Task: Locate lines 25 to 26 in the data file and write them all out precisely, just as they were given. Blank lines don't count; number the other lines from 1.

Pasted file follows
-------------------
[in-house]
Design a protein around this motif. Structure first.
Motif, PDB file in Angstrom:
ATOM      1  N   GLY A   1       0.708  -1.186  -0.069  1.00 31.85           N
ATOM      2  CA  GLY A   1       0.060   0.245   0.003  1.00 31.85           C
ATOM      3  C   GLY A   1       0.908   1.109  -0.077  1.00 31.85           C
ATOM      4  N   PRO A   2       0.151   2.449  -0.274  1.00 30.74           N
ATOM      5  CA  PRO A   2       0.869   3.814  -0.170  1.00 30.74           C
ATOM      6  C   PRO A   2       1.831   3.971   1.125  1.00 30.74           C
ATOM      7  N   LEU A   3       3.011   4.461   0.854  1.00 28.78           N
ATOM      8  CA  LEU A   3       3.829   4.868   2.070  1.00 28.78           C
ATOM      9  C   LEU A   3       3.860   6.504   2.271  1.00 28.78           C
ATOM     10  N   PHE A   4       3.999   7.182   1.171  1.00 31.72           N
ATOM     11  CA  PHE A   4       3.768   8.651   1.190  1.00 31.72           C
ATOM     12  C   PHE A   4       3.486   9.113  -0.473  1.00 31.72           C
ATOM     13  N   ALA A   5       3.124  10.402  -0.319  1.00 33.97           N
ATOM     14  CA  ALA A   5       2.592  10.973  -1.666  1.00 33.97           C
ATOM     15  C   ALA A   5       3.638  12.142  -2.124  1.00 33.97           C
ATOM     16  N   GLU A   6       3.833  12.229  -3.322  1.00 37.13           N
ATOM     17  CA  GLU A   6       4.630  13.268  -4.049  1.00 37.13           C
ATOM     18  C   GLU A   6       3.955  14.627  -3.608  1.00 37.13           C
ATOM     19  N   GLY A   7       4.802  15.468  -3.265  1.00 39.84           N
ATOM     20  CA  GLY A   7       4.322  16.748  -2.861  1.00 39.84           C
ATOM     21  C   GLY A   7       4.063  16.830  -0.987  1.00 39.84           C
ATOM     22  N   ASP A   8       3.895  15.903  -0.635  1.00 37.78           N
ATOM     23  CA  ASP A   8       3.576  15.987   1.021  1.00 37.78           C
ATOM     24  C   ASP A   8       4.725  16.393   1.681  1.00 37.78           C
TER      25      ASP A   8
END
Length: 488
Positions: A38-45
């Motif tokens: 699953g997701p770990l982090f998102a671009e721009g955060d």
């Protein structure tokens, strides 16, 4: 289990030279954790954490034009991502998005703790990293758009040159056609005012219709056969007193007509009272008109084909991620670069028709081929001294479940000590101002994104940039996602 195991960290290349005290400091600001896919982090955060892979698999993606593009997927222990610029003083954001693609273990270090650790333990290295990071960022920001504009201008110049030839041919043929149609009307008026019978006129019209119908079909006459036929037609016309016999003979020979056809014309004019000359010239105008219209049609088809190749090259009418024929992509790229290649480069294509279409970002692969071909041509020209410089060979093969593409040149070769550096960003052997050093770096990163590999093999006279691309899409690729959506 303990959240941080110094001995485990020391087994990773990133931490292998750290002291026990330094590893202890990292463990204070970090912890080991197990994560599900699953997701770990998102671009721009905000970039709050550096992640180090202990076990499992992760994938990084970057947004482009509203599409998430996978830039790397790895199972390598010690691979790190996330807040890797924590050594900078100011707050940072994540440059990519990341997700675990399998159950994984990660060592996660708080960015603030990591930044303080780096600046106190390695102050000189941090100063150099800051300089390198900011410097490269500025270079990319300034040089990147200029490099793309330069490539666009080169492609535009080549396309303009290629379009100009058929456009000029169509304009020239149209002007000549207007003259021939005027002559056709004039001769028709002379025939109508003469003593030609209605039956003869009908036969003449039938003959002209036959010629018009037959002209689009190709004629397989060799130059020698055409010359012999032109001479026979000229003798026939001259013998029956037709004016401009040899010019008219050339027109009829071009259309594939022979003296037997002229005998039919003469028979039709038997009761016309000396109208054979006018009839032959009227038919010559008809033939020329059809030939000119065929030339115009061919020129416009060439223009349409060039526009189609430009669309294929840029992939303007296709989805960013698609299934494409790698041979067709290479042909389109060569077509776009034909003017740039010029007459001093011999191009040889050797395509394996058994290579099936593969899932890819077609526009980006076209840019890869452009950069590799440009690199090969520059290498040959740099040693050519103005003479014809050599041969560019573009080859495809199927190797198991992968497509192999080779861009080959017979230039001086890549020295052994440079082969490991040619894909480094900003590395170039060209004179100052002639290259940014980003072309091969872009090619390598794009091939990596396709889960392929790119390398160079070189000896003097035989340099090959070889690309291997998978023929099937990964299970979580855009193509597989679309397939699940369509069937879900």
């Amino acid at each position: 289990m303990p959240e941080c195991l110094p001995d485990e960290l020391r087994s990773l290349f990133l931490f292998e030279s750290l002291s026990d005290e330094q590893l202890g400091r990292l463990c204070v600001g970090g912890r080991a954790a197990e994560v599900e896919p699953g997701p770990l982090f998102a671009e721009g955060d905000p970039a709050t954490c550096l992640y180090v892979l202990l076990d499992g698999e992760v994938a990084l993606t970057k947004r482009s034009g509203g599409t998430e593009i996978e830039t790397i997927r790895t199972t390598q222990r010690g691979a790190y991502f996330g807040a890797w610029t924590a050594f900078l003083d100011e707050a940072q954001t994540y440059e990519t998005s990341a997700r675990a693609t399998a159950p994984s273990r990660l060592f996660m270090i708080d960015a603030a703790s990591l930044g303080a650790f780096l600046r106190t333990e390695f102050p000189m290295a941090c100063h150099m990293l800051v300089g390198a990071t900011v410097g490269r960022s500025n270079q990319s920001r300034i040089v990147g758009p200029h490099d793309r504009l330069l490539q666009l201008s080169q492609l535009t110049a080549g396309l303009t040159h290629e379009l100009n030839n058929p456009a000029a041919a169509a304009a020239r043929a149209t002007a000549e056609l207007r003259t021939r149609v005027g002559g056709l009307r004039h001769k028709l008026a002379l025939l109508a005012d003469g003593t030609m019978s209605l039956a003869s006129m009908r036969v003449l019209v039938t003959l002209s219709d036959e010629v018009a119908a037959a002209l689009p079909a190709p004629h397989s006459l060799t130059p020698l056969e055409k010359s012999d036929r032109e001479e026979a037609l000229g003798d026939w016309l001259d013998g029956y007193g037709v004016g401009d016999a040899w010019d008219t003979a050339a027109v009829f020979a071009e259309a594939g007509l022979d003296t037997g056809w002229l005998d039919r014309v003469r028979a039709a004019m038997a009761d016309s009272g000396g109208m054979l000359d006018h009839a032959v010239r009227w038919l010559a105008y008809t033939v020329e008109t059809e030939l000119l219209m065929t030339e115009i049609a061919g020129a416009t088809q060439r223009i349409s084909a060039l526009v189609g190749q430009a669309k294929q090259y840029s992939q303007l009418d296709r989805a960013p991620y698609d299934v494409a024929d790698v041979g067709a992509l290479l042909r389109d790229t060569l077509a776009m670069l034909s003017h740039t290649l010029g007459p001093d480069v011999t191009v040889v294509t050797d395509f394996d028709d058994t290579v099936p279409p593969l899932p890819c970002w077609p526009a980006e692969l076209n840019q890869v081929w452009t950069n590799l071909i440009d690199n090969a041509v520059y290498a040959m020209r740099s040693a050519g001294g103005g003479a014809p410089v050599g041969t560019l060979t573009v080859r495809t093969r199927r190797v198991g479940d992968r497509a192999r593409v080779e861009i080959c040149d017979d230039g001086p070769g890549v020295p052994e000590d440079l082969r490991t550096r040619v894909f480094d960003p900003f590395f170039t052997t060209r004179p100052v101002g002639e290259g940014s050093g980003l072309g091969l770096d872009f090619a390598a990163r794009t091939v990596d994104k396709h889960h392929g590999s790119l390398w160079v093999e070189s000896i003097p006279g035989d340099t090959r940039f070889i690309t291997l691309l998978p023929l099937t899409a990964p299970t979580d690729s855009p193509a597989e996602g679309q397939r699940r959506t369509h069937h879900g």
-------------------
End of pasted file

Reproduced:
ATOM     22  N   ASP A   8       3.895  15.903  -0.635  1.00 37.78           N
ATOM     23  CA  ASP A   8       3.576  15.987   1.021  1.00 37.78           C